As I write I do find myself changing some details as I go. Halfway through the scene I move the oarsmen from "belowdecks," when I realize from looking at every pleasure barge picture I can find, that yes, some barges have decks, but these are really shallow draught vessels and you can't necessarily fit men and oars underneath. All the pictures show them on the "main level." But this doesn't mean they are on the deck. They can be in an open hull part of the barge. OK. That works. I put them in the stern, because that seems like the "back of the bus" and the guests would be in the bow, but pictures show that lots of rowing barges put the rowers in the bow - facing backward for rowing, of course, with the bargemaster facing forward. I like the look of the picture I found. So I adjust the words and put them in the bow and the main "gallery" is in the stern. Move everyone around. It works. And then comes the disaster...

...in the story, not the writing (I hope!)...and then comes the magic
that was the reason for all this research and setup. And the magic doesn't come from the place Portier thought it would. And people die. And Portier's expectations, illusions, and hopes are crushed. Action only has meaning in the reactions of the characters.

Did you know that there are Naval Field Medical Manuals online, that tell about phosphorus burns and treatment? [I am smiling here.] Which leads into the "aftermath" chapter. Because when everything goes wrong/blows up/turns south, our heroes have to regroup. Which is another whole chapter!!

Portier is wounded - not something a librarian is accustomed to. It's only small, but leads to interesting revelations about our sorcerer. The character interaction is the most fun - I really have to be careful about too much talking heads in this story. With a mystery, there are clues and interconnections to be analyzed, especially when everything you think you've figured out is proved wrong. I'm going to have to figure out some different way to do this...

And so it goes. I know several things that have to happen next. A visit to Collegia Magica Seravain is one of the big ones. But I think...we may have to go ghost hunting first. Now where did that come from??????

Stay tuned...

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Saturday, April 12, 2008

Sometimes It Takes a Village

It really chaps me when I hear an aspiring writer say,

I write fantasy because you can make your world be whatever you want. If you write science fiction, you have to learn all that science; if you write a historical or contemporary or mystery, you have to do so much research. Fantasy is so much easier.

Bite your tongue! It's no wonder so many readers (and other writers!) don't take fantasy seriously! So why does this strike me so hard at this point?

This has been a tough week. I am writing the culminating scene of my first arc, where the spooky music [I hope!!] we've been hearing bursts into action and leads us onward. I was delighted when I got the idea to merge this bit of excitement with the idea of a world on the brink of great discoveries--the launch of the Destinne, a ship of exploration. But after enjoying writing several little incidents and encounters that lead us to think Something Terrible Is Going To Happen, I had to actually write the big scene. And instantly, I got into trouble.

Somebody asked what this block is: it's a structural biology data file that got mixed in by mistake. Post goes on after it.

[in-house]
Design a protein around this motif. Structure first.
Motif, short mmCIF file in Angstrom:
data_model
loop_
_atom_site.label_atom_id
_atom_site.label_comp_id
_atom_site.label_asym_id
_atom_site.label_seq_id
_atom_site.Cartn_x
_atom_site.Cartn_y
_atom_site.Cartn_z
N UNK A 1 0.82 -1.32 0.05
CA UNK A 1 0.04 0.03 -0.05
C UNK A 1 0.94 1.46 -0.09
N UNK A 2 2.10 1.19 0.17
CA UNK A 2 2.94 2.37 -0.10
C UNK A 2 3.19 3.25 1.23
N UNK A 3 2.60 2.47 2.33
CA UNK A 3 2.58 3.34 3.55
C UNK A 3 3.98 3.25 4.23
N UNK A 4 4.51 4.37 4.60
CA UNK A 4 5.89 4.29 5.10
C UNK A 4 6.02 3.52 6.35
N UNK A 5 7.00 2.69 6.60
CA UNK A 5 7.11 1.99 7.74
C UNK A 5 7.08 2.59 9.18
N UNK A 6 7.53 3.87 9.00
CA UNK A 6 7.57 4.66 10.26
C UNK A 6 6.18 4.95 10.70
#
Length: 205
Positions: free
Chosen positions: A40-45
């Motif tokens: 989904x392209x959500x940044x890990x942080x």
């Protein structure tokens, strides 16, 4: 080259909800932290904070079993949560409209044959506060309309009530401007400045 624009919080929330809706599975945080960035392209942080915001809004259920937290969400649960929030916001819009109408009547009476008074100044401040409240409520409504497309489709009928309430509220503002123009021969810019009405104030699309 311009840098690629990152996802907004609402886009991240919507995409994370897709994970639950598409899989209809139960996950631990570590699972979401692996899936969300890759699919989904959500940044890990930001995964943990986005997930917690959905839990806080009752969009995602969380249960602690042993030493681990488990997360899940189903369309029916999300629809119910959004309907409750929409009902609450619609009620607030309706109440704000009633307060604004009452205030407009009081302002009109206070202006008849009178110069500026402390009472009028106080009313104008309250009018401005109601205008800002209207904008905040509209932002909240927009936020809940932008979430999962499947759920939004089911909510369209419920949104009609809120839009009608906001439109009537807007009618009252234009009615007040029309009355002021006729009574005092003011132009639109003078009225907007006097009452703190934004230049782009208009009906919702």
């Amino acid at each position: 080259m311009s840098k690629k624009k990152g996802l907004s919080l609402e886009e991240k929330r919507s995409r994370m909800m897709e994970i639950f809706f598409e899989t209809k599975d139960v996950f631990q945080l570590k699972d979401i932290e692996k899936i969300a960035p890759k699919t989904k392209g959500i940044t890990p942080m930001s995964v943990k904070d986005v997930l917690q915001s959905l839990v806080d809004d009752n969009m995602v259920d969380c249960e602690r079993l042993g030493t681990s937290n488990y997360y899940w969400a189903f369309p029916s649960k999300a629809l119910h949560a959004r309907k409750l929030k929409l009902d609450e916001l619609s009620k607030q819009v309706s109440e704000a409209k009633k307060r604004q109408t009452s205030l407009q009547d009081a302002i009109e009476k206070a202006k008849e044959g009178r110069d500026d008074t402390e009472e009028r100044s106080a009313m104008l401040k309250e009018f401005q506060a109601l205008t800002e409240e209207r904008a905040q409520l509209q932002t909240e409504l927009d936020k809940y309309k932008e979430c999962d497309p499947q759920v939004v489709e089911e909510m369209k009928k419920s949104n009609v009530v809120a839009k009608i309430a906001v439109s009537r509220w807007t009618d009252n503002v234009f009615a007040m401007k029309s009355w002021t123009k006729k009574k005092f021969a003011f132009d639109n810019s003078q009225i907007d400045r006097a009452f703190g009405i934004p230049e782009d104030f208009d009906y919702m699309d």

First, I woke up Monday morning with the realization that I was going to launch a ship of exploration, but the city where I've been working is in the middle of Sabria! Duh. Well, it does sit on a river. [World-building reminder: cities grow up in places where there are resources. Castles are built where there is something worth defending or someone you need to keep in or keep out.] I did not want to move Merona to the seaside, so I needed to learn something about river ports and ocean-going ships. Most rivers can't support that large a vessel. So count a day for hunting the internet for examples of inland ports - London is a great example. Hmmm...tidal influences on rivers...how far inland?

And then, of course, I needed to know what kind of ship this was. Fortunately a friend had given me a book called The History of Ships. This is a pretty dense little book that tells me a lot more about ships than I really want to know. My characters aren't going to sail on one...or are they? Where will we be as the Destinne sets sail...?

Anyway, I settle on a Portugese caravel as the model of the Destinne. Caravels were the ships most often used in voyages of exploration, as it happens. The Nina and the Pinta were caravels, as were Vasco da Gama's and Bartholomew Diaz's ships--the names take shape out of fourth grade history... But if Portier is going to be an eyewitness to this ship's launch as well as the Events surrounding it, then I need to know what he sees. It is time to call in help.

I am fortunate to know a small group of fellow writers, some published, some un-, who enjoy sharing information and expertise. One of these lovely people happens to have just done a lot of ship research for her own book. And another happens to be an expert on sailing, as well as a history major and Anglophile and avid reader of novels set in the Age of Sail. What is "warping" a ship? What is different about dealing with a river as opposed to a seaport? [Thank you, thank you, Susan and Di.]